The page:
The brother of one of seven victims of the Stardust fire who remained unidentified for over 25 years has spoken of how “surreal” it was to finally bury him in 2007, as by that point the remaining siblings were in their 40s, but their brother was “forever 17”.
The jury at the Dublin Coroner’s Court inquest into the Stardust fire heard a pen portrait of Paul Wade, which was written by his brother Tony Wade and read out by Tony’s son Emmet.
Tony was with Paul in the Stardust when the fire broke out in the early hours of February 14, 1981, claiming the lives of 48 people. The brothers were on a double date with two girls from Derry, and Paul had just started going out with Susan Morgan (19), another victim of the fire.
“When the fire started, or at least when I became aware of it, there was a slow set on, and I was dancing on the floor. That’s probably the reason I got out because we were near the exit doors,” said Tony.
He said that as Paul had perfect teeth and no tattoos, he ended up being one of seven unidentified victims.
“From the time of the Stardust, we spent every second day going to funerals. If you didn’t know all of them, you knew a good few. Not being allowed to have a headstone for seven years upset my mother big time. We had to wait until he was classified as deceased,” he said.
Tony explained that Paul was finally identified in 2007, allowing the family to have a proper funeral for him.
“We were all out at the graveyard when he was reinterred. It was a bit surreal as we were standing there all in our 40s, but he is forever 17. Our mother and father were dead by that stage,” he said.
“It had an awful effect on our parents. My mother was a very religious woman who would go to mass every day, but she just went completely downhill after Paul died, it hit her so hard.”
He said that his mother lost the will to put up any fight against the cancer she was afflicted with, and she stopped going to mass as she lost her faith.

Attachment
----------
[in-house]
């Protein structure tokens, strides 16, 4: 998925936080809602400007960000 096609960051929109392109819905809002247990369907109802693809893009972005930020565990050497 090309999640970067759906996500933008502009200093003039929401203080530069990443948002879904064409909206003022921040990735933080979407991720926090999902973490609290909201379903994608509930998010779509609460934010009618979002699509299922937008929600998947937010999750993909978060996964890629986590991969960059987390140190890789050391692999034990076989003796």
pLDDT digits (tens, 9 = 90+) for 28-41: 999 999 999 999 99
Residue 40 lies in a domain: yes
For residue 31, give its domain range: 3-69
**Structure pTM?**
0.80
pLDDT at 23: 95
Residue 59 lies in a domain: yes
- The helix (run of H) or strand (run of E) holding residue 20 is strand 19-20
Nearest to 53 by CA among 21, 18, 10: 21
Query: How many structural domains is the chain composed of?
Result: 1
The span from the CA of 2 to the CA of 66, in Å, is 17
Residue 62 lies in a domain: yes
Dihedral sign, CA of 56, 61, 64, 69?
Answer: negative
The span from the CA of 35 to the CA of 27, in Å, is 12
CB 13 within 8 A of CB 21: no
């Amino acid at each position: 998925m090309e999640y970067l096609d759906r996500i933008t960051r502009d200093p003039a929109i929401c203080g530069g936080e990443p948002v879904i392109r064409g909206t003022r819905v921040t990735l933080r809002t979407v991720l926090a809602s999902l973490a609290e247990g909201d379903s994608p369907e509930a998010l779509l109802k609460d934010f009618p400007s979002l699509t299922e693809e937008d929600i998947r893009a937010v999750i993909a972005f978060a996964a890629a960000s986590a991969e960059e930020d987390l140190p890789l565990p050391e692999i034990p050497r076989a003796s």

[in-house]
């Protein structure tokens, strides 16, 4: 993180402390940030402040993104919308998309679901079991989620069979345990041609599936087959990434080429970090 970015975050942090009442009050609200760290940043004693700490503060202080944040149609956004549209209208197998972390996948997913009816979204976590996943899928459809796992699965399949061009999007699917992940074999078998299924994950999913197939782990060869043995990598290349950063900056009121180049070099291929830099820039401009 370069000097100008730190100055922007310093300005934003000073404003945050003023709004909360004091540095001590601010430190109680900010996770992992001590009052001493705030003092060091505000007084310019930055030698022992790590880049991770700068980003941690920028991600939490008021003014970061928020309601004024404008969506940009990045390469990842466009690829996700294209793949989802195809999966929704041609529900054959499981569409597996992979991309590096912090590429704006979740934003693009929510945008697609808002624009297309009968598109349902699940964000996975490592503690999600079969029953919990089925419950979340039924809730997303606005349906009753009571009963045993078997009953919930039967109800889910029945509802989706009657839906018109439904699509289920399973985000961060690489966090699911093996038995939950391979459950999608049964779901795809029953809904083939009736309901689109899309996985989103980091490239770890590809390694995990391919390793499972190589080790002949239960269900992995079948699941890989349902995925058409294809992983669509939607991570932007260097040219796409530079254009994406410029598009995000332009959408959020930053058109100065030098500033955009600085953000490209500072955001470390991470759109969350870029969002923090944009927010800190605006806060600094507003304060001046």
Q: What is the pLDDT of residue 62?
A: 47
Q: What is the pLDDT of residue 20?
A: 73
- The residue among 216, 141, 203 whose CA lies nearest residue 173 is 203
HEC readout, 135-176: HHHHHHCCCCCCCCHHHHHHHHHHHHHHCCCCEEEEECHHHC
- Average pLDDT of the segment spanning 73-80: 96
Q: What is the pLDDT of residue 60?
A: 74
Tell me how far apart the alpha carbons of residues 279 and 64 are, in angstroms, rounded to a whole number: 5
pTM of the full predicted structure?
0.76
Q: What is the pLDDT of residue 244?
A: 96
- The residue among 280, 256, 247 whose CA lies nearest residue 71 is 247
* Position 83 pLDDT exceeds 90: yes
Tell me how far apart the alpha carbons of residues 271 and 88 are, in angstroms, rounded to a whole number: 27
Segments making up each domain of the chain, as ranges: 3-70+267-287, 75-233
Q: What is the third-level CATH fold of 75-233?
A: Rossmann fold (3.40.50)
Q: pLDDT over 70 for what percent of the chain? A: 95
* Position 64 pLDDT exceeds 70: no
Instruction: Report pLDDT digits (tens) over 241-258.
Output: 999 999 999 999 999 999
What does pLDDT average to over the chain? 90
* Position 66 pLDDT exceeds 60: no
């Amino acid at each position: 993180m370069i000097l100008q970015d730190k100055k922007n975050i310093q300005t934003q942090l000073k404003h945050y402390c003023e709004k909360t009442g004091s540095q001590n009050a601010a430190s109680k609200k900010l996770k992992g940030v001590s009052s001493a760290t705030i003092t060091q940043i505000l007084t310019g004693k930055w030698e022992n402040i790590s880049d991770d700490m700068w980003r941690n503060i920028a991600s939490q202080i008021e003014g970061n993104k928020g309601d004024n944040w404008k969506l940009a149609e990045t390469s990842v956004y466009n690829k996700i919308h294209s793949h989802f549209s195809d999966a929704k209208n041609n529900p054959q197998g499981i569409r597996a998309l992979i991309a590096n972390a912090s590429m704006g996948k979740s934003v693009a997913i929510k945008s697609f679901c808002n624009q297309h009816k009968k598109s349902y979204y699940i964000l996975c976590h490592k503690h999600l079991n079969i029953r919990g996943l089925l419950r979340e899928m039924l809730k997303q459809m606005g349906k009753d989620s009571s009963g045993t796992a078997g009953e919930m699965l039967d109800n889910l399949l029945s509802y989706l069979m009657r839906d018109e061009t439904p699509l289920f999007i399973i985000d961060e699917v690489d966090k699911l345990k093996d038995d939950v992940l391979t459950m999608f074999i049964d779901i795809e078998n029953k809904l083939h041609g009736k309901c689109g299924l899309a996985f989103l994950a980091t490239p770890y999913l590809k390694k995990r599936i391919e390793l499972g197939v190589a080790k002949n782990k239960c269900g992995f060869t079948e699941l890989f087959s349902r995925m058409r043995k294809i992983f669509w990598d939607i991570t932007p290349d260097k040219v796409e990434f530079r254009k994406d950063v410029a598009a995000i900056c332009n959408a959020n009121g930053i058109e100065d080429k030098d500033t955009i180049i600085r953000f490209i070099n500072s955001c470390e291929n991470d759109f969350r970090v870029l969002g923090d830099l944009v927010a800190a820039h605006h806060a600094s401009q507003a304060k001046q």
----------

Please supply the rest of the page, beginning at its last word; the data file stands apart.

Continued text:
“It’s very wrong when a child dies before the parent. My dad was gutted as well, he tried to get answers. He went to his grave cursing what happened,” Tony said.
“We tried not to let it take over our lives. We were all late teens or early twenties and when you would go into the pub, people were crying all the time. Half the time you’d end up going into the city centre to get away from it all. After Paul died, I cried once in front of one of my mates. We didn’t have counsellors, you just got on with it, especially boys. Therapists were for Americans on TV,” he said.
“You have to try to live on. Some people lost their own lives that night because of their loved ones being killed in the Stardust and it has consumed them. I don’t know if we made a conscious effort to avoid that or not.”
Tony concluded by saying: “My family and I loved Paul, and we really miss him.”
The jury also heard a pen portrait of Eamonn Loughman (18), that gathered together the memories of several family members including siblings and cousins, read out by Eamonn’s cousin Carol.
Eamon’s brother Eoin said he had huge admiration for Eamonn, whom he described as “a loving, caring son and brother”. He said Eamonn’s death had a devastating effect on their family, and his mother suffered badly.
His sister Anne, who was only three when Eamonn died, said she remembered him always looking after her and playing with her.
“I never got to grow up with the love for my big brother. Most of my memories are from the Stardust and the aftermath of the fire,” she said.
Eamonn’s brother Andrew, who was seven at the time, said his memories of Eamonn are few but vivid.
“To me, he was the older, three-piece suit-wearing, working, driving man. He was an adult, sophisticated. He looked after me and played with me. He was a cool dude and a smart dressed man in my eyes. It was only later in life that I realised he was just a kid with the rest of his life ahead of him,” Andrew said.
He added “the wails of despair and anguish” from his mother still haunt him to this day.
“My mother’s heart was broken. Eamonn was not identified at the time, she never really got closure. She hung on to the belief that he could be alive, she believed for years that he banged his head and lost his memory and was out and about lost somewhere. She believed he was going to turn up one day. Better to think that than the real reason he wasn’t there,” he said.